When Computers Marry Televisions

In an article at Slate, Paul Boutin muses about the lack of television/computer convergence. While his final conclusion — keep your television close, but keep your laptop even closer — makes sense, he doesn’t seem to consider the way our homes work in his analysis.

In order for a hybrid television/computer to work effectively, we will need a solid broadband connection to the spot where the television works. Cable companies will need to be able to deliver programming and the Internet to the same device. Phone companies will need to do the same — TiVo users generally have a phone line nearby for those nightly calls home. Satellite users will need to either figure out how to Google via DirecTV (not likely at this time) or install a second input method (more likely). Then the television will need to converge all this stuff.

It’s going to happen, make no mistake. The product that hits the shelves in the next few years will not resemble the clunky device from a vintage issue of MPC World. In the world of sleek Apple monitors (ah, lust, I know you well) and slick plasma screens, we’ll be looking at smaller devices that play DVDs, music, manage household wireless connections. Attractive, compact, powerful…hmm, we’ll be looking at something like the Mac Mini.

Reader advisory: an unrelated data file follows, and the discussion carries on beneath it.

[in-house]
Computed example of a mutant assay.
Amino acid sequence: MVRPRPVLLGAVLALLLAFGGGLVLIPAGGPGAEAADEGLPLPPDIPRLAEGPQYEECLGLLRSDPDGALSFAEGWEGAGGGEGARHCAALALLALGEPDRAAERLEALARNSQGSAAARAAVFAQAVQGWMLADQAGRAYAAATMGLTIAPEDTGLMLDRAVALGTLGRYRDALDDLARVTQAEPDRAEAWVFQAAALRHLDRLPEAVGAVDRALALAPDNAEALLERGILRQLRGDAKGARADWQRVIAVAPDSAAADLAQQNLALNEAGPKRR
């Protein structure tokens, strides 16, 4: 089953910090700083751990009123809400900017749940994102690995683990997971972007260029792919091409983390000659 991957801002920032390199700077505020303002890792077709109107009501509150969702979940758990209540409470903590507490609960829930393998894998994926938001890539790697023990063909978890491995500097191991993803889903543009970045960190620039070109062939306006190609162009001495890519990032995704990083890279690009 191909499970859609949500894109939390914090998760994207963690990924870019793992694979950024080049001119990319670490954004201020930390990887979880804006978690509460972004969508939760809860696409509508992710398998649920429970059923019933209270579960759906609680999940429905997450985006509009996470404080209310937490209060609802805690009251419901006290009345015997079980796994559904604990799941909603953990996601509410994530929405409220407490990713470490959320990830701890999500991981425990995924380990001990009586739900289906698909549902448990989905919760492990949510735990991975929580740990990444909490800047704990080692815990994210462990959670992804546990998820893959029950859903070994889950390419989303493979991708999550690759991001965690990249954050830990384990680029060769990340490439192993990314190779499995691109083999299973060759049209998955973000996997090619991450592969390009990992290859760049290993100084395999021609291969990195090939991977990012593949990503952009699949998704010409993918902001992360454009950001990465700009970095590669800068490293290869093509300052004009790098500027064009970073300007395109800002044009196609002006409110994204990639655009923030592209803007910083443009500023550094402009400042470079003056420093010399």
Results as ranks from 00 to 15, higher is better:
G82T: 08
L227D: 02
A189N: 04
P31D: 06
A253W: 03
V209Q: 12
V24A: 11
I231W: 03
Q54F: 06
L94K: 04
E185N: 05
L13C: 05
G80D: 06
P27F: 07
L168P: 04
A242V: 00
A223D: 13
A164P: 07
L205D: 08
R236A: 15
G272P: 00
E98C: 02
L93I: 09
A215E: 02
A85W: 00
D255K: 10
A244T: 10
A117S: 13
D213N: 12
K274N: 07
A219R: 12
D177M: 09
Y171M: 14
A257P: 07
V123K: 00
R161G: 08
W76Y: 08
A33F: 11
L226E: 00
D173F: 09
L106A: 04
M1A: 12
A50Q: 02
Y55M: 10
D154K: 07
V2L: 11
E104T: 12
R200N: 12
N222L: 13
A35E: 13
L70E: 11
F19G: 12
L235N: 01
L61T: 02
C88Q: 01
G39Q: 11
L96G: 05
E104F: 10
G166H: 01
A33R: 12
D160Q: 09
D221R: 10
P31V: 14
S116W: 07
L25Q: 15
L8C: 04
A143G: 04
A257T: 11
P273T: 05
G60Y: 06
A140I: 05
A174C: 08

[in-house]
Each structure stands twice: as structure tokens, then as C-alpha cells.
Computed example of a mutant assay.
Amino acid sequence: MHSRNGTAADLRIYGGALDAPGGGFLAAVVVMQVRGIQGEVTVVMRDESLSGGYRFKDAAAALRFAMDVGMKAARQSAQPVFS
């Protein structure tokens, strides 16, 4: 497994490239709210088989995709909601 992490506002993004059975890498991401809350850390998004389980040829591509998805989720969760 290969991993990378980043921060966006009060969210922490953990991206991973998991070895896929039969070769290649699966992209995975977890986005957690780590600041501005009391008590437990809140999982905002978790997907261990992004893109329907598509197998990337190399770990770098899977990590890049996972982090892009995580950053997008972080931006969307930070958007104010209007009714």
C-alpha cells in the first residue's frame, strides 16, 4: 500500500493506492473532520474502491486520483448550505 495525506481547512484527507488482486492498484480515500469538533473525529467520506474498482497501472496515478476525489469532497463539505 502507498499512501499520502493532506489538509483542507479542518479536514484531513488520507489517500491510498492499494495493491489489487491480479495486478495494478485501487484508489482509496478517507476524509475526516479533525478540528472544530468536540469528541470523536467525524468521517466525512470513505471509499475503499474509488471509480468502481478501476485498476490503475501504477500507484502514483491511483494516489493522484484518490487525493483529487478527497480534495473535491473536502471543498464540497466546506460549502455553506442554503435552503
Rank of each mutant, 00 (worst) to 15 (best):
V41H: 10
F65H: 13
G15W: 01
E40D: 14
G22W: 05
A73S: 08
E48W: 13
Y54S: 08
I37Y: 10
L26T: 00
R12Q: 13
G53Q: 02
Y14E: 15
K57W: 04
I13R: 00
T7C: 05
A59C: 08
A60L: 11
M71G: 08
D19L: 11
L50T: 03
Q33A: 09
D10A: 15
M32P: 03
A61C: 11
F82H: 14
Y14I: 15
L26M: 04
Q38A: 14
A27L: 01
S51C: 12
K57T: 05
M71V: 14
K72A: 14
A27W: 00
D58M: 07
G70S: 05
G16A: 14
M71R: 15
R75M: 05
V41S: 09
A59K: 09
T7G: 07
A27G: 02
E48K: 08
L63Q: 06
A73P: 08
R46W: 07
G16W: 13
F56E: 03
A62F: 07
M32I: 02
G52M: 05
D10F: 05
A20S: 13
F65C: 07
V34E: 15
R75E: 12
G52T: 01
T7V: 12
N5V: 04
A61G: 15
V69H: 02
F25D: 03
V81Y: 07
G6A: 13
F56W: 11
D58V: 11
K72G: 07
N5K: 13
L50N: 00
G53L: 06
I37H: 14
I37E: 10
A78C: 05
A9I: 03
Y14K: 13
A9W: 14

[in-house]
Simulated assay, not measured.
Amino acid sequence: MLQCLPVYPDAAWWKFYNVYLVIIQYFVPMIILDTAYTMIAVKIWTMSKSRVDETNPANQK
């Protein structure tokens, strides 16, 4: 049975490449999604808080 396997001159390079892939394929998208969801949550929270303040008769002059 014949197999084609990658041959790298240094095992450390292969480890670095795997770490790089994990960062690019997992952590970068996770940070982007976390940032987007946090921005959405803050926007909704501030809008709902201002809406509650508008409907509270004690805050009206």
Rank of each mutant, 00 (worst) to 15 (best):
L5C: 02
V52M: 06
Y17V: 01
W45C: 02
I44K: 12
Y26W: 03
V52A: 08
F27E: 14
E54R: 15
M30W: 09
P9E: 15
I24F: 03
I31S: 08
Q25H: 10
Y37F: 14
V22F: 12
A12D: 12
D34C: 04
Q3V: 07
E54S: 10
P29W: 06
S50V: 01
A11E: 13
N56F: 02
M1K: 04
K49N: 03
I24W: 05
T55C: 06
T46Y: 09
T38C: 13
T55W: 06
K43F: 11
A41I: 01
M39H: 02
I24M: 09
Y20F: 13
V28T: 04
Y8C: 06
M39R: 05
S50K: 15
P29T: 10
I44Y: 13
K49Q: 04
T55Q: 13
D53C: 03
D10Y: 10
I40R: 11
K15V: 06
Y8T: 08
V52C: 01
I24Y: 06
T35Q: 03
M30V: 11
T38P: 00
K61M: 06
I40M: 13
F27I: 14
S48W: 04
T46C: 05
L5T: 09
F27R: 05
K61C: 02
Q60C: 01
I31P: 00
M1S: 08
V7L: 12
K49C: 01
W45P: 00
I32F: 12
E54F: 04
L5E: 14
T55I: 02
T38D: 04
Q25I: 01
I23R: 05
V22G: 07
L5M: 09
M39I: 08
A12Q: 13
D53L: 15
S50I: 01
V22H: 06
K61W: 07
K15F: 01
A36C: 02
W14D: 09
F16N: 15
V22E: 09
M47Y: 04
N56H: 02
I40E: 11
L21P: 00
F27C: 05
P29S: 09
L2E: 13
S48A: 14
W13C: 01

Of course, all of this assumes that the television as we know it survives. The hybrid model assumes that the computer will hook up with the television. What if the television submitted to the computer? According to the Los Angeles Times series on youth culture,

Nearly half (47%) of respondents ages 12 to 17 say they would watch a movie on a PC, well above the interest in doing the same on a cellphone (11%) or video iPod and similar devices (18%). A similar share of those 21 to 24 said they would watch movies on a computer, although they are much less willing to do the same on a cellphone (6%) or video iPod (7%).

As more programming becomes available online, making the time-shifting dreams of the TiVo cult even more lovely, watching programming on your laptop, desktop, and/or television will become a matter of what device serves the mood of the moment best.

Ten years ago — a lifetime in our technological world — we were bound by clunky machines, slow connectivity, and tangles of wires. The best we could do was the WebTV interface, complete with its infrared keyboard. As more homes achieve the necessary infrastructure to support hybrid television/computer devices, Boutin will see more of his friends hacking systems together — but I think we’re going to go in the opposite direction. It will be the computer that rules the kingdom.

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